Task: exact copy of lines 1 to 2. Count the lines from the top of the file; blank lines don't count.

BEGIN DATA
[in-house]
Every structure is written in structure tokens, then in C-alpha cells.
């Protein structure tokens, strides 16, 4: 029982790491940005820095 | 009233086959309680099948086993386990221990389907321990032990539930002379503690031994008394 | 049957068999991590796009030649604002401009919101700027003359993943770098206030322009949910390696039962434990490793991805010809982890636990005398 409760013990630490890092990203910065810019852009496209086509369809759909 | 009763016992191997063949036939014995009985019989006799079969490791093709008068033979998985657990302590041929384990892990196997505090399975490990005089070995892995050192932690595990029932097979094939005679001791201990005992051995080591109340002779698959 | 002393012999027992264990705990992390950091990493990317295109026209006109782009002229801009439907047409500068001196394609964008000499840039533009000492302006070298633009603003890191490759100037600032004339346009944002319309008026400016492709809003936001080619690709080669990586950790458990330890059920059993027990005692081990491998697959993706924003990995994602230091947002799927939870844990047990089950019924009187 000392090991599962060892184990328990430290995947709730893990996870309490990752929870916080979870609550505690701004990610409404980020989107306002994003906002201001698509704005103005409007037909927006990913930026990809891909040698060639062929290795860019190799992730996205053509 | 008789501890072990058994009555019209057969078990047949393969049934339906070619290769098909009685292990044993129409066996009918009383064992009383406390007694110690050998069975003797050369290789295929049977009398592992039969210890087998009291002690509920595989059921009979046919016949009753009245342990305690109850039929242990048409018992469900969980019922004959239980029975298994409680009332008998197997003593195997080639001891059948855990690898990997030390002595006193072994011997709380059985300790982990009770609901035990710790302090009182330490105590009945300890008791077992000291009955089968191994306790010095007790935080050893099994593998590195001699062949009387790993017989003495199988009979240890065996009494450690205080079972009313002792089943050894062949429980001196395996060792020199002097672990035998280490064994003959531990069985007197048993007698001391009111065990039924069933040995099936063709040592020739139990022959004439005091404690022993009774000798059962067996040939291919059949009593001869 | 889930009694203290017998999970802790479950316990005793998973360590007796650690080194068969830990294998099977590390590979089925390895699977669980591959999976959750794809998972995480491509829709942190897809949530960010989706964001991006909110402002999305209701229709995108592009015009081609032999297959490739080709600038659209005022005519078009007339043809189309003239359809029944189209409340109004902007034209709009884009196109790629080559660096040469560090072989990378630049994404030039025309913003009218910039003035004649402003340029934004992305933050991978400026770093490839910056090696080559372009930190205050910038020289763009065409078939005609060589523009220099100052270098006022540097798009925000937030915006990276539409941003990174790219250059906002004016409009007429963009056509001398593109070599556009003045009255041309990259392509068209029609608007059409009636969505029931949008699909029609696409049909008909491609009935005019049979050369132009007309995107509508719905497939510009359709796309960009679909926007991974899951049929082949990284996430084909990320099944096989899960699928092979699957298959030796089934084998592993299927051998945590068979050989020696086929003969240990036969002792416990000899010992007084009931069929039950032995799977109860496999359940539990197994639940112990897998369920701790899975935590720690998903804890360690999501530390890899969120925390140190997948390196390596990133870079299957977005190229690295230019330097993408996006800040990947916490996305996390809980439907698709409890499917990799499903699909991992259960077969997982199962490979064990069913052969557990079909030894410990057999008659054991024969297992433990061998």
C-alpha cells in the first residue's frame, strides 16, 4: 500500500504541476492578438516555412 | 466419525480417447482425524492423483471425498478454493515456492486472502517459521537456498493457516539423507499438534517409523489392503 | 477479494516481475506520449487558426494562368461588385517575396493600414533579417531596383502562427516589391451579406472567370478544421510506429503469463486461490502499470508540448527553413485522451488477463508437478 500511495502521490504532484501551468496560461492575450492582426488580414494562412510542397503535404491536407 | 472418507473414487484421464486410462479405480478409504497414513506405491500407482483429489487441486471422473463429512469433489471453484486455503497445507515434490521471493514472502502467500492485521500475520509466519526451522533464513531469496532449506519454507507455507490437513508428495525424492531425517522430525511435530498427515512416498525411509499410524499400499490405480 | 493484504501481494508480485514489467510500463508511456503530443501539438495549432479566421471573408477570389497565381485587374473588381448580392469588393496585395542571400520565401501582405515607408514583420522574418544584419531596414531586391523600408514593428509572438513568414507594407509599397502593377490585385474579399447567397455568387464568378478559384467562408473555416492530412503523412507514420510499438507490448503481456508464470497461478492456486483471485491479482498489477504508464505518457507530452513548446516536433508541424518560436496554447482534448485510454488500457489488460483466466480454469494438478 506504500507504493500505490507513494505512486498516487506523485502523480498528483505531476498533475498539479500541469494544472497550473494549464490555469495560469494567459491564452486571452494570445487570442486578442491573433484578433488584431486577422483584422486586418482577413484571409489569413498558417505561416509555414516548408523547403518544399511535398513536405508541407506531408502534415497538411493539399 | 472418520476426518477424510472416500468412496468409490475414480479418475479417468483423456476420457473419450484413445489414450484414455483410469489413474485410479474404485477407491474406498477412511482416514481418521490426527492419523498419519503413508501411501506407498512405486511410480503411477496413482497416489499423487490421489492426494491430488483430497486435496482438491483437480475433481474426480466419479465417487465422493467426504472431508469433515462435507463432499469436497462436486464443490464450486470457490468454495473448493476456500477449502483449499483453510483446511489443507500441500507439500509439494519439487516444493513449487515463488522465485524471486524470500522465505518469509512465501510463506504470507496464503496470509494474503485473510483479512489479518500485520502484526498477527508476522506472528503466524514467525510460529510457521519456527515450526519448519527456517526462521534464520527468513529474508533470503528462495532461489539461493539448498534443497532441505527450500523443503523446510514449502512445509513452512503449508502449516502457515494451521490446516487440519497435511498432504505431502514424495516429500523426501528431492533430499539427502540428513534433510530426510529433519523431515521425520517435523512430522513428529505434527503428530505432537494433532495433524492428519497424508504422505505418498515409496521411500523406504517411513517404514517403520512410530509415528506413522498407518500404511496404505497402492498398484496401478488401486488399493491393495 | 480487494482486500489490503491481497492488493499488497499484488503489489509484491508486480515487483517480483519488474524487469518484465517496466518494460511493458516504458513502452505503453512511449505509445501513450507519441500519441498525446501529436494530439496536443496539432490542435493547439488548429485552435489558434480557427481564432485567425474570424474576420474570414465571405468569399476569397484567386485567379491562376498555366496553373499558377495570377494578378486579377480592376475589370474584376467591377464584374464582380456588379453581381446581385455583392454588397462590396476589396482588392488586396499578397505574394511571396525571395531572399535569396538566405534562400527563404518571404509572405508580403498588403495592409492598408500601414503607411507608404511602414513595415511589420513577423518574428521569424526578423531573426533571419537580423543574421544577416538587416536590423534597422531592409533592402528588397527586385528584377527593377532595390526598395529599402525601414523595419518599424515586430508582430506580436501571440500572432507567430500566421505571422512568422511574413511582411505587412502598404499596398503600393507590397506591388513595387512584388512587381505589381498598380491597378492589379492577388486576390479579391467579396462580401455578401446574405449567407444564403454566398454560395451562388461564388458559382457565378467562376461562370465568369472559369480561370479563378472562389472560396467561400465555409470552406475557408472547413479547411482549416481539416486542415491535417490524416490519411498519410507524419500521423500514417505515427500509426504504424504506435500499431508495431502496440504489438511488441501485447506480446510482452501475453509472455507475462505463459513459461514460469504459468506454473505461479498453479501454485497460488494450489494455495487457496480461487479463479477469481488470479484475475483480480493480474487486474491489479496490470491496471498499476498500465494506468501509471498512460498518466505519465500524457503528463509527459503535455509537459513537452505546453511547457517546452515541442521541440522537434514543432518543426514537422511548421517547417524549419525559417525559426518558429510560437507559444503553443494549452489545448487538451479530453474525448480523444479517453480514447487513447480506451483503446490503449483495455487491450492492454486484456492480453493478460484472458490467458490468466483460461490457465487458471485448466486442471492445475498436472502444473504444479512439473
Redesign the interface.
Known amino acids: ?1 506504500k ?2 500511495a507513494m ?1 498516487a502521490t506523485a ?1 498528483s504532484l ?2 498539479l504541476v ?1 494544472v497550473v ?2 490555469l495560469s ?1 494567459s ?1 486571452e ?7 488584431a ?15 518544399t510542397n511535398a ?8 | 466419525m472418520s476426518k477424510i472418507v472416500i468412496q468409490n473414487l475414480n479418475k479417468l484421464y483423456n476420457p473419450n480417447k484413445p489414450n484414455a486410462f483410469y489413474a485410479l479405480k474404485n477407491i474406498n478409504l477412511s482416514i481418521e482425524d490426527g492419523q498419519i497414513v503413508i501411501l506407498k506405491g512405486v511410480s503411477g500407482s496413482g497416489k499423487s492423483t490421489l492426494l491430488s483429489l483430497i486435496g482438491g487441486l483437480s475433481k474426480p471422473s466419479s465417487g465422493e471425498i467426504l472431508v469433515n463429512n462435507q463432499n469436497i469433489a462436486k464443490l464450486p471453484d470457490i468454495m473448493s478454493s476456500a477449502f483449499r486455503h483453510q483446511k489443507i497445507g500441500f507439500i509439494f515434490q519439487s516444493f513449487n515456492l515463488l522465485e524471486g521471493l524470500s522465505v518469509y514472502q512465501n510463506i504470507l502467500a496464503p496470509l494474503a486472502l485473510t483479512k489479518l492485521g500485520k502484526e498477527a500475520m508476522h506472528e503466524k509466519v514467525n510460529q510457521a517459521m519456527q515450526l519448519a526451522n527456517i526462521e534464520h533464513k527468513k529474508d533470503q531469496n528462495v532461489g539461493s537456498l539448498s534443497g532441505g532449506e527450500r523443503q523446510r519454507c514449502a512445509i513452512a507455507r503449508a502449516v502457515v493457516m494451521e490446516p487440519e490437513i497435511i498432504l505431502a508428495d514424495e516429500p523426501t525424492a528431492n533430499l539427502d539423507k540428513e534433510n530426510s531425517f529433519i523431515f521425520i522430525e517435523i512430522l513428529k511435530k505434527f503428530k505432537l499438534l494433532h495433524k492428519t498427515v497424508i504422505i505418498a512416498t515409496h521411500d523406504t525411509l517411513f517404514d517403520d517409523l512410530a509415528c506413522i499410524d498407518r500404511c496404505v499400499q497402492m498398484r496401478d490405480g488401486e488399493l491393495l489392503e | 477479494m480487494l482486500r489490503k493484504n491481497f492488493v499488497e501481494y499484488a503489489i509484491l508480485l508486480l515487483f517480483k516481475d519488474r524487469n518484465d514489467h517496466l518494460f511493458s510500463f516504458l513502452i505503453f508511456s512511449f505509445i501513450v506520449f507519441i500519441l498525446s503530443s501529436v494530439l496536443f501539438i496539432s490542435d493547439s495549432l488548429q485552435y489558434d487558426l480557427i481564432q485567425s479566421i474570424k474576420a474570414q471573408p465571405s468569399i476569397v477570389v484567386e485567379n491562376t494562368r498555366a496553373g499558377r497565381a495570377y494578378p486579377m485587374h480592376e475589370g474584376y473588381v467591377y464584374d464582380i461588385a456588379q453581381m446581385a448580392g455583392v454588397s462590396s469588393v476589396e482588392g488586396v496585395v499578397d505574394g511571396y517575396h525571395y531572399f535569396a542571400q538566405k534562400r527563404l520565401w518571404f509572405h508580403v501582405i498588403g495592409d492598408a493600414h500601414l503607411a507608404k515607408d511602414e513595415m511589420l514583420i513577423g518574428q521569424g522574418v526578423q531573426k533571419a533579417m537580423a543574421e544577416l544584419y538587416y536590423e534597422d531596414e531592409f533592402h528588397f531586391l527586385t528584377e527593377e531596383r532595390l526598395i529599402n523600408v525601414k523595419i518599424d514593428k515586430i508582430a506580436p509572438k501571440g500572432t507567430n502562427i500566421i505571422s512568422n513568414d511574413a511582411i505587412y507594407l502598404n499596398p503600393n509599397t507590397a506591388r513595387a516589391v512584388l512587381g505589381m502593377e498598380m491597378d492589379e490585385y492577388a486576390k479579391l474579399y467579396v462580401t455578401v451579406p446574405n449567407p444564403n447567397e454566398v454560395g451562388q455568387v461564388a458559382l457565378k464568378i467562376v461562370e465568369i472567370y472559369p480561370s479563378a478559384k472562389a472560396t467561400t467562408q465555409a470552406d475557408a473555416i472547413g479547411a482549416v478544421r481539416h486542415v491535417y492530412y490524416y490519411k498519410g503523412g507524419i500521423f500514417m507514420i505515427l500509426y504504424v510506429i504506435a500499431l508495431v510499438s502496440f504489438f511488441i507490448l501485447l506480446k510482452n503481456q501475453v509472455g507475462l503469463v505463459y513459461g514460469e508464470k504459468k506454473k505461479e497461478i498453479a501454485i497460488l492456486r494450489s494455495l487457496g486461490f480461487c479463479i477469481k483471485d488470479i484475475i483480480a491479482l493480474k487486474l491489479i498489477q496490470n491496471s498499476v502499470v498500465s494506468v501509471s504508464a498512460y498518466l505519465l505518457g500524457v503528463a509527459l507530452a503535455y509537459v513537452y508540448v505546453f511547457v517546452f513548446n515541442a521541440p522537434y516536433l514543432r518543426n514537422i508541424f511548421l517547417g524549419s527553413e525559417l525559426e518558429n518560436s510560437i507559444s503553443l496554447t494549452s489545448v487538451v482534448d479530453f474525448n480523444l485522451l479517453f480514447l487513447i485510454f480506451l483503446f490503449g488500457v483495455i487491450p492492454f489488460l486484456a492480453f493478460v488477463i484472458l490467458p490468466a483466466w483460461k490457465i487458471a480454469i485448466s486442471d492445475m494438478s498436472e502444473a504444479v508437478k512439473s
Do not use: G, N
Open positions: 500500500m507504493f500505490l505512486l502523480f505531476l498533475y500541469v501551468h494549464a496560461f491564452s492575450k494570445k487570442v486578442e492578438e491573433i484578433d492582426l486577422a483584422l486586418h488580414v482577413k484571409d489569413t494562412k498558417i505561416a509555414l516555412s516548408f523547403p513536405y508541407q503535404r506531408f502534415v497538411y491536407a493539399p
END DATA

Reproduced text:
[in-house]
Every structure is written in structure tokens, then in C-alpha cells.